YOUR NEW COMPOSITE FILLINGS
We have restored some of your teeth with tooth-colored materials. The resin (plastic) material used contains small ?filler? particles of glass-like material for strength and wear resistance. These restorations will serve you well for several years. They contain the finest and most up-to-date materials available today. However, you should be aware of the following information about your new restorations.
Composite Fillings – Information to Be Aware Of
- As with natural teeth, avoid chewing excessively hard foods on the filled teeth (hard candy, ice, raw carrots, etc.) because the resin material can break under extreme forces.
- Composite fillings set up hard right away. There is no waiting time to eat.
- Children should be observed until the anesthetic wears off. Due to the strange feeling of the anesthetic, many children will chew the inside of their lips, cheeks, or tongue which can cause serious damage.
- Sensitivity to hot and cold is common for a few weeks following a dental restoration. Usually, the deeper the cavity, the more sensitive the tooth will be. If you feel the bite is not correctly balanced, please call: 952-935-5599 to schedule appointment for a simple adjustment.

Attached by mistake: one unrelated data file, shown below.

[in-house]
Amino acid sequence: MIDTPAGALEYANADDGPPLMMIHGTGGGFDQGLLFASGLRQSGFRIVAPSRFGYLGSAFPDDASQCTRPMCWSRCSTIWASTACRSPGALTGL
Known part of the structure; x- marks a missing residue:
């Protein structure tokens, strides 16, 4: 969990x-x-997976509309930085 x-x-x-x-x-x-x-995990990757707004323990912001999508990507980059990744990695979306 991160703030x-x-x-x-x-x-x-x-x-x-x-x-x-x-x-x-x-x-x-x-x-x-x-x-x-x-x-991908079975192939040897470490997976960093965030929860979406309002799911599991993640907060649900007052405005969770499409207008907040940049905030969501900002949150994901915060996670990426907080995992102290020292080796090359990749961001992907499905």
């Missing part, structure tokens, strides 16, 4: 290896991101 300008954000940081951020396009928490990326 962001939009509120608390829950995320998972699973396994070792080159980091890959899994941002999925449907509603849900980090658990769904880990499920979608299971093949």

- The gum tissue could have been irritated during the procedure and may be sore for a few days together with the anesthetic injection site.
- The finished restoration may be shaped slightly different and have a different texture then the original tooth. Your tongue usually magnifies this small difference, but you will become accustomed to this in a few days.
Regular Dental Care
Proper brushing, flossing, and regular 6 month (minimal) cleanings are essential to the long-term stability and appearance of your restorations. Often, problems that may develop with the fillings can be found at an early stage and repaired easily, while waiting for a longer time may require more extensive treatment.
When a tooth has a cavity, the Dentist removes the decay and fills the hole with a filling material, the tooth supports the filling. The ideal filling is no more than 50% of the tooth. This leaves half the tooth to support the filling. When you get a cavity that takes up 60% or more of the tooth, a crown is indicated. A crown covers the entire tooth and holds the tooth together. Sometimes we place a filling thinking there is enough tooth to hold the filling when actually there is not. The tooth then starts to break away because it can no longer support the filling. In this case, we will credit the cost of the filling towards the cost of a crown. In addition, for a period of 2 years from the date of service, we will replace the filling ? due to breakage, misfit or decay at no additional cost to the patient. This warranty is null and void if the patient does not maintain his/her prescribed (minimum of every 6 months) regular recall appointments.